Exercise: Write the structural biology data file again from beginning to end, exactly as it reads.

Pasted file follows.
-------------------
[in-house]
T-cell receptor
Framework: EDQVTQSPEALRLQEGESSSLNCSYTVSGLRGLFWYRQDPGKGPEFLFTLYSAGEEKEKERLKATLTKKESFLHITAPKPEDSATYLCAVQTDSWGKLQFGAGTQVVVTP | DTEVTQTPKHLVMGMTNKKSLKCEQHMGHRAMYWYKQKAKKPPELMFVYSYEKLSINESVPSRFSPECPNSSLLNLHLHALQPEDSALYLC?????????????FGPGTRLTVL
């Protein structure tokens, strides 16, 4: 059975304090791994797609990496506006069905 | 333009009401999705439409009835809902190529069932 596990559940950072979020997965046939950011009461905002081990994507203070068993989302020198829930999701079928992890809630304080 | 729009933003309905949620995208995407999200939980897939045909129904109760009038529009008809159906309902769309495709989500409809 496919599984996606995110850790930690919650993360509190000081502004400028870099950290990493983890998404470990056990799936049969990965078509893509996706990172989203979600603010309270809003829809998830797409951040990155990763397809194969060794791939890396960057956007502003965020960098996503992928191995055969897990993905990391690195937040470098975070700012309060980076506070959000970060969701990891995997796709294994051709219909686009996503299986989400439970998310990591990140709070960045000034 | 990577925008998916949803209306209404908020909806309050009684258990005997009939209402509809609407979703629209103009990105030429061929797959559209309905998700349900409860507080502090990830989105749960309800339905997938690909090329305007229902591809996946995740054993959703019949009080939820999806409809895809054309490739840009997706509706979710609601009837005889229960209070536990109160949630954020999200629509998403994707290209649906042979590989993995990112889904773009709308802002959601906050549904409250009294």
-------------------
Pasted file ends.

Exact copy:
[in-house]
T-cell receptor
Framework: EDQVTQSPEALRLQEGESSSLNCSYTVSGLRGLFWYRQDPGKGPEFLFTLYSAGEEKEKERLKATLTKKESFLHITAPKPEDSATYLCAVQTDSWGKLQFGAGTQVVVTP | DTEVTQTPKHLVMGMTNKKSLKCEQHMGHRAMYWYKQKAKKPPELMFVYSYEKLSINESVPSRFSPECPNSSLLNLHLHALQPEDSALYLC?????????????FGPGTRLTVL
């Protein structure tokens, strides 16, 4: 059975304090791994797609990496506006069905 | 333009009401999705439409009835809902190529069932 596990559940950072979020997965046939950011009461905002081990994507203070068993989302020198829930999701079928992890809630304080 | 729009933003309905949620995208995407999200939980897939045909129904109760009038529009008809159906309902769309495709989500409809 496919599984996606995110850790930690919650993360509190000081502004400028870099950290990493983890998404470990056990799936049969990965078509893509996706990172989203979600603010309270809003829809998830797409951040990155990763397809194969060794791939890396960057956007502003965020960098996503992928191995055969897990993905990391690195937040470098975070700012309060980076506070959000970060969701990891995997796709294994051709219909686009996503299986989400439970998310990591990140709070960045000034 | 990577925008998916949803209306209404908020909806309050009684258990005997009939209402509809609407979703629209103009990105030429061929797959559209309905998700349900409860507080502090990830989105749960309800339905997938690909090329305007229902591809996946995740054993959703019949009080939820999806409809895809054309490739840009997706509706979710609601009837005889229960209070536990109160949630954020999200629509998403994707290209649906042979590989993995990112889904773009709308802002959601906050549904409250009294």